trashmanz

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Re: Home Equity - do you include it in your stache?
« Reply #4 on: July 08, 2016, 03:36:22 PM »
Do all the mental gymnastics you want but you do have to live somewhere. If it's not your house then that is fine just plan accordingly in your budget for where you will be living.

HappyHoya

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Re: Home Equity - do you include it in your stache?
« Reply #5 on: July 08, 2016, 04:01:47 PM »
I include it, although I'm not yet near enough to FIRE that whether or not I count the house changes things dramatically. I calculate my homes value in my net worth using the total amount of equity in the home, minus expected costs to sell. It's both a bonus in terms of adding some to my net worth and a limiting factor for house expenses, as I've been very careful to make sure my home doesn't become a money pit by only using the money saved from owning instead of renting to make any optional improvements.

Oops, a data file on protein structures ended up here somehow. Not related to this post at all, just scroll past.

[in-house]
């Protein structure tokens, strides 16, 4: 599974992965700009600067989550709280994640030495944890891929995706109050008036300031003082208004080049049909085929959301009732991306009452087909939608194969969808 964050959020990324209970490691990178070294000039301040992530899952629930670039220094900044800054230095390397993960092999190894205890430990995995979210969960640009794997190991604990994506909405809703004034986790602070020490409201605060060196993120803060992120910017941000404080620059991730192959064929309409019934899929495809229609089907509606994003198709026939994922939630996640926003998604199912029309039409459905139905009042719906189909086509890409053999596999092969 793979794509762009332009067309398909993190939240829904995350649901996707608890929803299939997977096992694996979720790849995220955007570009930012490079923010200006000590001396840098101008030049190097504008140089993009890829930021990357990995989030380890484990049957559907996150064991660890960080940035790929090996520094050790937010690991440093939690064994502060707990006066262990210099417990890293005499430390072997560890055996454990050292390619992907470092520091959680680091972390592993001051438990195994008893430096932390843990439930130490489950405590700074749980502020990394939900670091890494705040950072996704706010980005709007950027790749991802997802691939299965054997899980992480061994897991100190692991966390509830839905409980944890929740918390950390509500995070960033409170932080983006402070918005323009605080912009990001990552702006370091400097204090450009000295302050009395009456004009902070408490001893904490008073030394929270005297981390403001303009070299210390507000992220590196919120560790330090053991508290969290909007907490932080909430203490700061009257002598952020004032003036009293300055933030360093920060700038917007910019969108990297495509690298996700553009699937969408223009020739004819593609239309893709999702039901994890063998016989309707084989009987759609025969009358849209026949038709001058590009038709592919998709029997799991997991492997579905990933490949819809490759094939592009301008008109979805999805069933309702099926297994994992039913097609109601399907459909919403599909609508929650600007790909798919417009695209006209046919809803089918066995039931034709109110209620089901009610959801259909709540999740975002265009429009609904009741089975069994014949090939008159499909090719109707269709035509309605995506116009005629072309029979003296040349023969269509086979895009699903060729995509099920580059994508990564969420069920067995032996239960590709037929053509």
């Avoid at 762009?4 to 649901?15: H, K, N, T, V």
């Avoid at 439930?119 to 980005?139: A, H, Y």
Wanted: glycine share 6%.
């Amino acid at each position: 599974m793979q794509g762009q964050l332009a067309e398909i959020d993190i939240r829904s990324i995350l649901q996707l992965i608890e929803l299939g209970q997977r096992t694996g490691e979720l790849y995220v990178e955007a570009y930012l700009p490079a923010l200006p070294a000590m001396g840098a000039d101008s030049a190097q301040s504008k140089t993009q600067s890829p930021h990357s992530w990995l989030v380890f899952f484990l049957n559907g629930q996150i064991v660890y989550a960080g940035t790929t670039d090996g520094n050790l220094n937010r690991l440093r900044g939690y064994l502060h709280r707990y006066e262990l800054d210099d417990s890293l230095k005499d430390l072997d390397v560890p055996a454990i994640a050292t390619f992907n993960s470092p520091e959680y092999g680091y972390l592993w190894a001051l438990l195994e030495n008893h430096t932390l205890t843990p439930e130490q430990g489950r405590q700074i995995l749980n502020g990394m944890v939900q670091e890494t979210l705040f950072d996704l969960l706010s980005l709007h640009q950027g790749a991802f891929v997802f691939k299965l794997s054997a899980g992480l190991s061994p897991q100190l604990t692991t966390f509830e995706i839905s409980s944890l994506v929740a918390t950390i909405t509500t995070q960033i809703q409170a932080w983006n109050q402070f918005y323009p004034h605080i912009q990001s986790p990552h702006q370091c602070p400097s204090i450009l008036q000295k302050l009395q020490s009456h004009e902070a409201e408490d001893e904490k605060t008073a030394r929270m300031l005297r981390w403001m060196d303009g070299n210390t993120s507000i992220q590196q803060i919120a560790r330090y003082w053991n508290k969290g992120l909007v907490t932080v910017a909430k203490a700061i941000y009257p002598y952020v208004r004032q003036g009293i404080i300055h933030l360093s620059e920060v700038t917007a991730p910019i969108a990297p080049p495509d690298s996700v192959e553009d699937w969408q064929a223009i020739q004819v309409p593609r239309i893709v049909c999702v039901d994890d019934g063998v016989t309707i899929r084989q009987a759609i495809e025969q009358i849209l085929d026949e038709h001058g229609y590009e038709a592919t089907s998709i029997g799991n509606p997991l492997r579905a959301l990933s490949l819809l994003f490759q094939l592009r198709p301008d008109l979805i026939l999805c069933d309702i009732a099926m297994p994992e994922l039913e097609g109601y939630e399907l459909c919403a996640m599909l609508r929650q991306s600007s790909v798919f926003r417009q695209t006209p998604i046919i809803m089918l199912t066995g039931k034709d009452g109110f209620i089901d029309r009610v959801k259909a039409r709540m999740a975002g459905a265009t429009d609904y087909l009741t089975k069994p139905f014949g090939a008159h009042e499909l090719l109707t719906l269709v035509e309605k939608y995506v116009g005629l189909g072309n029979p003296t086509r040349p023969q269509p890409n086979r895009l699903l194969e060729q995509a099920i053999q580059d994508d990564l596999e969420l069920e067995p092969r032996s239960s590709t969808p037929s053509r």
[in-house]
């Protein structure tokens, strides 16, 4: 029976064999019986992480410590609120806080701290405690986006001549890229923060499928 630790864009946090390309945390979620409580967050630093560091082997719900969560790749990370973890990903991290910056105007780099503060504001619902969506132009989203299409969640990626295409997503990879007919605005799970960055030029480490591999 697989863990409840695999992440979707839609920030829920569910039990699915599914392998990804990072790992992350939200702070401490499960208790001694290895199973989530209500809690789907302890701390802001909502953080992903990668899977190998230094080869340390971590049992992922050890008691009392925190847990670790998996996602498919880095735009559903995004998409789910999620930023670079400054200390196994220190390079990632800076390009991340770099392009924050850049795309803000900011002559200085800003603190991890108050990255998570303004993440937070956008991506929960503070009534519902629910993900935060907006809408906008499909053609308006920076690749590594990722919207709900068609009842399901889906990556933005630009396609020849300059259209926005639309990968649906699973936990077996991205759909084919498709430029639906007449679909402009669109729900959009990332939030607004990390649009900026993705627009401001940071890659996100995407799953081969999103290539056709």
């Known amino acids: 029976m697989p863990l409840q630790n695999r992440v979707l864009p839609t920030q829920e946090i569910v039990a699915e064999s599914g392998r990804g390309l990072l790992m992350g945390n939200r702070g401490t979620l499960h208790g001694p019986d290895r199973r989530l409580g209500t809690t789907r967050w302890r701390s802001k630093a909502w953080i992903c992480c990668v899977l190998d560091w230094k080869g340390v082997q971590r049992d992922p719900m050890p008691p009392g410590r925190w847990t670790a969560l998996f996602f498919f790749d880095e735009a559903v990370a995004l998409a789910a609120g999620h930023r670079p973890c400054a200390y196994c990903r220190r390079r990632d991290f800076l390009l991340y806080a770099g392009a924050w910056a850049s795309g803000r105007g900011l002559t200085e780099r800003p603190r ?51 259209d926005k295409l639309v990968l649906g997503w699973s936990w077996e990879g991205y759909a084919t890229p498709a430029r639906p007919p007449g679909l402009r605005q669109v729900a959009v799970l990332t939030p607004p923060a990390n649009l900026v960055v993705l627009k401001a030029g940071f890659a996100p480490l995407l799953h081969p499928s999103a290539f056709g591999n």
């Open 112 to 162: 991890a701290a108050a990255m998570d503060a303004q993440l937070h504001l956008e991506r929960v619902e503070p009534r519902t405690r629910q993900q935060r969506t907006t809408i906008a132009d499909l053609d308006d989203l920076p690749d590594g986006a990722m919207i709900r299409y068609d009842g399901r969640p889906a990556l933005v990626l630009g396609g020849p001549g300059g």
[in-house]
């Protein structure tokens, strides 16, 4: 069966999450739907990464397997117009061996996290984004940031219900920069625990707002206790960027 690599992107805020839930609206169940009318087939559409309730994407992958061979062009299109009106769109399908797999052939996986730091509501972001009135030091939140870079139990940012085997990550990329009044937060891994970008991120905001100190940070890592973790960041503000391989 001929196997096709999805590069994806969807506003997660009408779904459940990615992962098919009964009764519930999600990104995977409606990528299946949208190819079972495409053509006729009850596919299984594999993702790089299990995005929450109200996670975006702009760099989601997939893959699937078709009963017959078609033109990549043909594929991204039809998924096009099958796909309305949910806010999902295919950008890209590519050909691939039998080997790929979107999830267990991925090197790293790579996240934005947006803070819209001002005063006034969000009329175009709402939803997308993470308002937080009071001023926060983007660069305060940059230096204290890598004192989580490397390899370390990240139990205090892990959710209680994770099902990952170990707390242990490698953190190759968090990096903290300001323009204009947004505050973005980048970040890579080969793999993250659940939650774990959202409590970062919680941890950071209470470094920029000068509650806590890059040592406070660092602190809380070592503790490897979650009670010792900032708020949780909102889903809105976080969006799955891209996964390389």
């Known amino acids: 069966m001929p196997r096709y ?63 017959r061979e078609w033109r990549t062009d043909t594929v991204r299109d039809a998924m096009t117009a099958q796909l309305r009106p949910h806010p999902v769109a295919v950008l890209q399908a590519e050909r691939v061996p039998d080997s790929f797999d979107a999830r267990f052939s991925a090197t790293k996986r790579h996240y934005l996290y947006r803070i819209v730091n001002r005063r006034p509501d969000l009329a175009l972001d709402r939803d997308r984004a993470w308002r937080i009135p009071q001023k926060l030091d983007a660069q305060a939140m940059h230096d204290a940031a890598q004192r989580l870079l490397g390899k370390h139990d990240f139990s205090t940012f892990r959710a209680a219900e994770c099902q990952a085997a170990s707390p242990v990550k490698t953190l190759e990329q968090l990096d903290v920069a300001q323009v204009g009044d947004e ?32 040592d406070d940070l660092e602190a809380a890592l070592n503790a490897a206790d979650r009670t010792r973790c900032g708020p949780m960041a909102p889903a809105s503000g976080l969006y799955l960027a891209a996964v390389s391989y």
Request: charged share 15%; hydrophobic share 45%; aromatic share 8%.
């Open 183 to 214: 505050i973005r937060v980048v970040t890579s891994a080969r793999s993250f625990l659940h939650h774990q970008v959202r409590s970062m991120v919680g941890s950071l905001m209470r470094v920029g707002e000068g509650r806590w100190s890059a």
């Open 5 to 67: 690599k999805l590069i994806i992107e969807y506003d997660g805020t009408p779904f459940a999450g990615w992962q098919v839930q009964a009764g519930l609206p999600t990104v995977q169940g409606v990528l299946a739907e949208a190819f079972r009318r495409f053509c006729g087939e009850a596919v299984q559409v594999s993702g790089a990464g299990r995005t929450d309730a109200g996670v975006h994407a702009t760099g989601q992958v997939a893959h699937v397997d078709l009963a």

PFHC

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Re: Home Equity - do you include it in your stache?
« Reply #6 on: July 08, 2016, 04:28:48 PM »
I include it because I plan to sell it in retirement. I use a conservative estimate.

Cassie

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Re: Home Equity - do you include it in your stache?
« Reply #7 on: July 08, 2016, 05:09:28 PM »
As others pointed out you can if you plan to either sell or pay rent and then figure that amount into your budget.

FernFree

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Re: Home Equity - do you include it in your stache?
« Reply #8 on: July 08, 2016, 05:41:21 PM »